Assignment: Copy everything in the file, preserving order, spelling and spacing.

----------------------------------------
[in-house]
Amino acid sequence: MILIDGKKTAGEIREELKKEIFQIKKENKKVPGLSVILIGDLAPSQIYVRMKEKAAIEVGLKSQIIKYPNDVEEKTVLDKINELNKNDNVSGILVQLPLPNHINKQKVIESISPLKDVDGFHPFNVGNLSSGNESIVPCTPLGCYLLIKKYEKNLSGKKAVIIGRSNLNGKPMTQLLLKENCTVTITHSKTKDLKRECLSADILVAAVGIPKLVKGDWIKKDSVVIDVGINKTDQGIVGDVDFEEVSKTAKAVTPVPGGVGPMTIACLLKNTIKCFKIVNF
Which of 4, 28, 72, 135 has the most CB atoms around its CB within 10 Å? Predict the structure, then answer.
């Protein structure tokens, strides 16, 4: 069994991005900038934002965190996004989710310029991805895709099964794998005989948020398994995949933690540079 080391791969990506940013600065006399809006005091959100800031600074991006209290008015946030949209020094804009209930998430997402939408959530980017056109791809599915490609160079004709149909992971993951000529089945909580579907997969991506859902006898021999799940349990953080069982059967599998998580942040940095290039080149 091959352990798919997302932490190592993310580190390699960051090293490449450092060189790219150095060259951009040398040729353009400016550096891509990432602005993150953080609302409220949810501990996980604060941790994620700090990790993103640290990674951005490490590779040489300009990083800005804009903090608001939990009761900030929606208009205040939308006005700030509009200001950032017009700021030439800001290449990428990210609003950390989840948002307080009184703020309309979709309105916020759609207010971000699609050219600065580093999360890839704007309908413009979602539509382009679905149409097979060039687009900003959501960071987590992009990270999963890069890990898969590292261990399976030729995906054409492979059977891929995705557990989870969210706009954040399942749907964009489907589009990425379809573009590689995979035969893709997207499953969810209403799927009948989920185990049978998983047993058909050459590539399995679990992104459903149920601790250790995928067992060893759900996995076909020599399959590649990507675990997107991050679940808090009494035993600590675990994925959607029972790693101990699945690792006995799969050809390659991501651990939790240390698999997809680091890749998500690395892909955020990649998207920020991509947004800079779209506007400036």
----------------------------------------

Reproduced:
[in-house]
Amino acid sequence: MILIDGKKTAGEIREELKKEIFQIKKENKKVPGLSVILIGDLAPSQIYVRMKEKAAIEVGLKSQIIKYPNDVEEKTVLDKINELNKNDNVSGILVQLPLPNHINKQKVIESISPLKDVDGFHPFNVGNLSSGNESIVPCTPLGCYLLIKKYEKNLSGKKAVIIGRSNLNGKPMTQLLLKENCTVTITHSKTKDLKRECLSADILVAAVGIPKLVKGDWIKKDSVVIDVGINKTDQGIVGDVDFEEVSKTAKAVTPVPGGVGPMTIACLLKNTIKCFKIVNF
Which of 4, 28, 72, 135 has the most CB atoms around its CB within 10 Å? Predict the structure, then answer.
């Protein structure tokens, strides 16, 4: 069994991005900038934002965190996004989710310029991805895709099964794998005989948020398994995949933690540079 080391791969990506940013600065006399809006005091959100800031600074991006209290008015946030949209020094804009209930998430997402939408959530980017056109791809599915490609160079004709149909992971993951000529089945909580579907997969991506859902006898021999799940349990953080069982059967599998998580942040940095290039080149 091959352990798919997302932490190592993310580190390699960051090293490449450092060189790219150095060259951009040398040729353009400016550096891509990432602005993150953080609302409220949810501990996980604060941790994620700090990790993103640290990674951005490490590779040489300009990083800005804009903090608001939990009761900030929606208009205040939308006005700030509009200001950032017009700021030439800001290449990428990210609003950390989840948002307080009184703020309309979709309105916020759609207010971000699609050219600065580093999360890839704007309908413009979602539509382009679905149409097979060039687009900003959501960071987590992009990270999963890069890990898969590292261990399976030729995906054409492979059977891929995705557990989870969210706009954040399942749907964009489907589009990425379809573009590689995979035969893709997207499953969810209403799927009948989920185990049978998983047993058909050459590539399995679990992104459903149920601790250790995928067992060893759900996995076909020599399959590649990507675990997107991050679940808090009494035993600590675990994925959607029972790693101990699945690792006995799969050809390659991501651990939790240390698999997809680091890749998500690395892909955020990649998207920020991509947004800079779209506007400036």